Cheryl Cole has filed a lawsuit against the producers of The X Factor USA for the salary which The Heaton Horror claims she is owed. The greed bucket singer (and drag) has sued the American singing contest's makers Blue Orbit Production to the tune of $2.3 million. And that's a lot of wonga in anybody's book. Cole was - spectacularly - given the tin-tack by the FOX network only a few weeks after filming started for the first season of the Wee Shughie McFee, the sour-faced Scottish chef off Crossroads talent show. The Girls Aloud singer, who was formerly a judge on the UK version of The X Factor, had a pay-or-play contract for two seasons, meaning she would be compensated even if she was released early from her contract, according to Deadline. Which, of course, she was. She received $1.8 million for the first season and is now seeking her two million smackers fee for the second season, plus 'additional damages' to cover 'wardrobe, housing and living expenses.' Cole's complaint was filed in Los Angeles Superior Court.

A school in Australia was forced to evacuate after a girl brought a hand grenade in for a show and tell. The eleven-year-old thought that the grenade was a fake, because it didn't have a pin, according to the Daily Torygraph. However, the grenade was discovered to be from the First World War. The police bomb squad removed the device and cordoned off the area around the Hunter Christian School in Newcastle, New South Wales. Headmaster Boyd Allen recounted the evacuation process to a local news station, and added that the girl would not be punished for her actions. 'She's bewildered, embarrassed - I tried to make her aware she's not in trouble,' he said. 'She's a sweet young lady from a lovely family. She understood it to be a dummy hand grenade that had been deactivated, there was no firing pin, just the body of the grenade.' The weapon is currently being investigated by Defence Force experts and will likely be destroyed.

The former Hawkwind guitarist Huwie Lloyd Langton has died, aged sixty one, after a two-year battle with cancer, the band has announced. 'It is with immense sadness that we have to let you know our great friend of many years and fellow musician Huw Lloyd Langton passed away peacefully last night,' the band said on its website on Friday. Huwie played on Hawkwind's eponymous début LP in 1970. A particularly bad drug experience around the time of the band's appearance at the 1970 Isle of Wight festival was partly the reason for Huw leaving later in the year before the recording of In Search of Space in 1971. 'Because the band was psychedelic, it attracted people who were into substances,' Huw told the band's biographer Ian Abrahams in Hawkwind: Sonic Assassins. 'Hence, the members of the band, because they were surrounded by people who took substances started taking them as well.' Huw rejoined the group in 1979 and played with them for most of the next decade. 'Huw had been bravely fighting cancer for a couple of years, but was determined not to let the battle affect his day to day life,' said the Hawkwind statement. 'He continued to play his guitar, laugh, joke and share the great love he had in his heart, with all who knew him. As he wished, he was at home when the time came, with his ever strong and loving wife Marion at his side. Huw was one of the great guitarists with an individual style and character. He is gone but never forgotten by any of us. He will live on in our music and in our hearts.' Born in Harlesden in 1951, Huw was still a teenager when he joined first Hawkwind. He attributed his decision to follow a musical path to his Welsh mother who, he said, 'always liked singing and dragged me and my sister off to chapel whenever she could.' His earliest professional work was as a member of Winston G, with whom he toured in Europe, but it was while he was working for Ivor Maraints' Musicentre in London's West End that Dave Brock and John Harrison recruited Huw to replace Hawkwind's original lead guitarist, Mick Slattery, who had decamped after cutting their first demo. Marrying Marion Chamberlain in 1971, Langton spent the 1970s moving between various roles. He taught music at a Streatham Comprehensive, worked as a session musician for artists such as Leo Sayer, and joined 'the supergroup Widowmaker, whose membership included Mott the Hoople's Aerial Bender and The Love Affair vocalist Steve Ellis, and who released two LPs. Huw remained in contact with Hawkwind, filling in for them on a handful of instances and, later, during his second stint in tha band, formed his own off-shoot, The Lloyd Langton Group, in 1982. He continued to make guest appearances with Hawkwind and played solo support slots on tour and at the annual Hawkfest. In August 2009, the guitarist played an acoustic set at Hawkwind's fortieth anniversary concert at Porchester Hall. One of his last appearances was in August in Sidmouth with his friend Dave Brock, in aid of the Devon Air Ambulance. Unknown to his fans, for two years Langton had been fighting throat cancer. He is survived by his wife of thirty years, and regular songwriting partner, Marion.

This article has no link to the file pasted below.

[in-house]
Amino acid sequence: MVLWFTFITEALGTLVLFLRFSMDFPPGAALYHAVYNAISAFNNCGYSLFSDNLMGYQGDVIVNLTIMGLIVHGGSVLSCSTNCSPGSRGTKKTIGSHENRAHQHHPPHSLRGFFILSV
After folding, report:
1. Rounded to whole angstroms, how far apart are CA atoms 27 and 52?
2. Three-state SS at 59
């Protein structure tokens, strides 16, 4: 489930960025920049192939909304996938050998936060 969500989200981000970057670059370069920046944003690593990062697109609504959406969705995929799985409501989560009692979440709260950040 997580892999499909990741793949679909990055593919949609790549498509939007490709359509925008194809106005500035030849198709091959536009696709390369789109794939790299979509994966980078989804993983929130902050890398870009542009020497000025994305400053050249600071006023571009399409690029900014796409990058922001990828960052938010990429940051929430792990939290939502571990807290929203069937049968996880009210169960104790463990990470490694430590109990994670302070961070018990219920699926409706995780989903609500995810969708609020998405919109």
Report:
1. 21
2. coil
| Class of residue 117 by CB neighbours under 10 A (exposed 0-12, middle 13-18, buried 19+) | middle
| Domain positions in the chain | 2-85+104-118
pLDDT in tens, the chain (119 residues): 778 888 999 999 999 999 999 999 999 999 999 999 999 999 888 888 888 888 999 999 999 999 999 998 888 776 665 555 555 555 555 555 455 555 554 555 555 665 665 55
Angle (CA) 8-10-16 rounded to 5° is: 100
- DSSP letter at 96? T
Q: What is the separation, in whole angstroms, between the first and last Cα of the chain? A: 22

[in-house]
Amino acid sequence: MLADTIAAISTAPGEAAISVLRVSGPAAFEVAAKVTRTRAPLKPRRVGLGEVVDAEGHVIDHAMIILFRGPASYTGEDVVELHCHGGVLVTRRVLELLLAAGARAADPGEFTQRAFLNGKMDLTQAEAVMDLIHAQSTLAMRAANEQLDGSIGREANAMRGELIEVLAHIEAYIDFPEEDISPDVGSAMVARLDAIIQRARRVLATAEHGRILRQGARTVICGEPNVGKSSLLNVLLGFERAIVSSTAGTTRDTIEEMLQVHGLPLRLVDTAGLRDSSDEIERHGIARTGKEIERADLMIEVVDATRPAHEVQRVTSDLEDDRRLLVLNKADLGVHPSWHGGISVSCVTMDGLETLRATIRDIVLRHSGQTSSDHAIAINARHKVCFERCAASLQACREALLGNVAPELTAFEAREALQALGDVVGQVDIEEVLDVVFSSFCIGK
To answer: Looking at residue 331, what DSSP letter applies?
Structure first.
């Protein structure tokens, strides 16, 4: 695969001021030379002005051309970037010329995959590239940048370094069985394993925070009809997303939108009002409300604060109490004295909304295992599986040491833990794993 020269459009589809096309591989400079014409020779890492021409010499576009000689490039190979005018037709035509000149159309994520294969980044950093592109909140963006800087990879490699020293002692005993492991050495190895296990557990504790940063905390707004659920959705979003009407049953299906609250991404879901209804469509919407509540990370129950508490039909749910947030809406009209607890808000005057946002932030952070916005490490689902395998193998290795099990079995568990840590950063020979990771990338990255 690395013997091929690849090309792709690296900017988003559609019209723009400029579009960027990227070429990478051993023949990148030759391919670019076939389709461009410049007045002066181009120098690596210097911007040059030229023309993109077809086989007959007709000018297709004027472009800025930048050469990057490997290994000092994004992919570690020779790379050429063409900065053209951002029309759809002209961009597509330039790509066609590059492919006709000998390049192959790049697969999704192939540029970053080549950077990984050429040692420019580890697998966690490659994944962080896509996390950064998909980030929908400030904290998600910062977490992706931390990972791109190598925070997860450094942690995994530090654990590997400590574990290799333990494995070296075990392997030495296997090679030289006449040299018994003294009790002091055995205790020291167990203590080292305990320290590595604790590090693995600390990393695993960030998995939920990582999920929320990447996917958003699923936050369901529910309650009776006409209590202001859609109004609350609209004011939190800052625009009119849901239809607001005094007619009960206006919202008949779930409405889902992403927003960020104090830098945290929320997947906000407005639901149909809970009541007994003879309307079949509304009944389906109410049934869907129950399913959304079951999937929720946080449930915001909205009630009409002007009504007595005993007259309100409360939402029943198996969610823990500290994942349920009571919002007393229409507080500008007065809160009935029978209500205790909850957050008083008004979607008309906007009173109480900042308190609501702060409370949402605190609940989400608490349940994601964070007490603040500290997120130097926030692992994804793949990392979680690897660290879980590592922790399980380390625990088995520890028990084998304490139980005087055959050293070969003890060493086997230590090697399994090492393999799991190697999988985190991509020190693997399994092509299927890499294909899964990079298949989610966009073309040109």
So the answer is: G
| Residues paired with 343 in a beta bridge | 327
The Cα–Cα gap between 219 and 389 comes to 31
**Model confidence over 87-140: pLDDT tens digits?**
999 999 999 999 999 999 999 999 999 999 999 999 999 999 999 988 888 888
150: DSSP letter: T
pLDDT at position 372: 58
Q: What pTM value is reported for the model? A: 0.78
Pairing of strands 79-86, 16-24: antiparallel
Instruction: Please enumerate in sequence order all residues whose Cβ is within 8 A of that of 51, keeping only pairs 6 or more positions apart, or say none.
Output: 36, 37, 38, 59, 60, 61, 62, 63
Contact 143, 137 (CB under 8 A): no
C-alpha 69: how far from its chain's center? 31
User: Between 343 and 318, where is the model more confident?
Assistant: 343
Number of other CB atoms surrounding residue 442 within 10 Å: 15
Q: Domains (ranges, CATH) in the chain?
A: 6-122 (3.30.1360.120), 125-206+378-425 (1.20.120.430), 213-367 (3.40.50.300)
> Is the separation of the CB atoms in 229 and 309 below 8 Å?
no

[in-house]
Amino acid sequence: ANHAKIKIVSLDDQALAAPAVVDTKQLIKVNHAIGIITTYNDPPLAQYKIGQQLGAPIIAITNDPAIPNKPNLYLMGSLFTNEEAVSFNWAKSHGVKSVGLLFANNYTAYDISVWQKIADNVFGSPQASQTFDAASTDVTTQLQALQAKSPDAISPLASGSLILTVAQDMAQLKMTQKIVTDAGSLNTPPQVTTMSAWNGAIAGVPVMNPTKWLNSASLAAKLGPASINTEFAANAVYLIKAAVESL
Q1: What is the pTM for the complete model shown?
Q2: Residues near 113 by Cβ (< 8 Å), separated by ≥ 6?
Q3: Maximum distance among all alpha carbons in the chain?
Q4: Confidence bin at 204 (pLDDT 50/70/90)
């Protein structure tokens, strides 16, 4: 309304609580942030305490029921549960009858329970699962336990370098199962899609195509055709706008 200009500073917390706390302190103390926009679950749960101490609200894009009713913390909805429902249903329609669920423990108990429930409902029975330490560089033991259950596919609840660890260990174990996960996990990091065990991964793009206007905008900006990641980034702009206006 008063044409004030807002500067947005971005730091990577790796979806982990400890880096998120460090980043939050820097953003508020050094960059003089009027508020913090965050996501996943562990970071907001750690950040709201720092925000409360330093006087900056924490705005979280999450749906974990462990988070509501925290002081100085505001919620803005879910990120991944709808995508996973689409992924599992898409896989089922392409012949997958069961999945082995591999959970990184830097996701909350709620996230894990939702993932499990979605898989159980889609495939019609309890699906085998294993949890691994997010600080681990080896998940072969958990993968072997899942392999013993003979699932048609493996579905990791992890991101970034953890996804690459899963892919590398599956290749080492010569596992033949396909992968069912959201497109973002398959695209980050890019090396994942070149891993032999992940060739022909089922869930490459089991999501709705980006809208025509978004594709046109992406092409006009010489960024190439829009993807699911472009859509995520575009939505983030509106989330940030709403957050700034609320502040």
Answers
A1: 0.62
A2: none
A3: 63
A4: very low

One of the world's longest-running bands, Hawkwind have undergone countless changes of personnel and musical styles over the years based around the one ever-present member, Dave Brock. Former members and collaborators have included Motörhead's Lemmy, science fiction author Michael Moorcock, radical poet the late Robert Calvert, electronica pioneer Dik Mik, saxophonist Nik Turner, violinist Simon House who later played with David Bowie, amply-endowed dancer Stacia Blake, the artist Barney Bubbles and ex-Cream drummer Ginger Baker.

So, for today's Keith Telly Topping's 45 of the Day, here's Huwie's first single with the Hawks. And a twenty four carat British psyche masterpiece.